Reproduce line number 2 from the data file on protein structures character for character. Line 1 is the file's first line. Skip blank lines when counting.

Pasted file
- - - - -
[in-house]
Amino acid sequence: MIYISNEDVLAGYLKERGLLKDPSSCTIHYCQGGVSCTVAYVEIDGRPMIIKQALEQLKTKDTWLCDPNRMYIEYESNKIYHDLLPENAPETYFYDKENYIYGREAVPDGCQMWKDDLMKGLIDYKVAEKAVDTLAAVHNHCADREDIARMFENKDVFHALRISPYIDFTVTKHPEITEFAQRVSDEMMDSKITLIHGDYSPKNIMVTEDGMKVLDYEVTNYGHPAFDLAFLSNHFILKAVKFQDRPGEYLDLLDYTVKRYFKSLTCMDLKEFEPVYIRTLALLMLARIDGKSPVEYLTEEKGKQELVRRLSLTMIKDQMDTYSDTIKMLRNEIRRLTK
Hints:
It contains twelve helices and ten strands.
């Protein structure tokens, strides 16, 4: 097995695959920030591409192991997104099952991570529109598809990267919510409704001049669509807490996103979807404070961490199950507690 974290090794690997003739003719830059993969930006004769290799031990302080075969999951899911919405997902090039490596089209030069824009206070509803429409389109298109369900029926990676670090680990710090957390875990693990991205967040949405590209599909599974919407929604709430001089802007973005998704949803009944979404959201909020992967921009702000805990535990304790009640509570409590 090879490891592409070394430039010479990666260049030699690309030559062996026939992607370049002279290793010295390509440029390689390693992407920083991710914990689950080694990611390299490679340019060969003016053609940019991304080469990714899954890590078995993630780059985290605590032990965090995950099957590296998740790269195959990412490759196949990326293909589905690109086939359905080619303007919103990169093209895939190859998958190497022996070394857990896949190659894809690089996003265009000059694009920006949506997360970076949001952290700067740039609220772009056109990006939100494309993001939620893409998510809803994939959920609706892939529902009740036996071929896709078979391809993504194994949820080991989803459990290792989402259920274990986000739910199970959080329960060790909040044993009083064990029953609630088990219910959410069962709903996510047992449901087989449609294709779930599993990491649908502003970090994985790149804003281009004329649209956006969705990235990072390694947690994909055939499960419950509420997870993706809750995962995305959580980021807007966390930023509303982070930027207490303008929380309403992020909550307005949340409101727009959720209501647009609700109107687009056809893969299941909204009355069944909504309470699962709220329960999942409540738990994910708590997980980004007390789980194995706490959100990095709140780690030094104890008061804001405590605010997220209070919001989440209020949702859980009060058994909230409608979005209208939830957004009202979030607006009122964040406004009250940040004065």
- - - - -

Amino acid sequence: MIYISNEDVLAGYLKERGLLKDPSSCTIHYCQGGVSCTVAYVEIDGRPMIIKQALEQLKTKDTWLCDPNRMYIEYESNKIYHDLLPENAPETYFYDKENYIYGREAVPDGCQMWKDDLMKGLIDYKVAEKAVDTLAAVHNHCADREDIARMFENKDVFHALRISPYIDFTVTKHPEITEFAQRVSDEMMDSKITLIHGDYSPKNIMVTEDGMKVLDYEVTNYGHPAFDLAFLSNHFILKAVKFQDRPGEYLDLLDYTVKRYFKSLTCMDLKEFEPVYIRTLALLMLARIDGKSPVEYLTEEKGKQELVRRLSLTMIKDQMDTYSDTIKMLRNEIRRLTK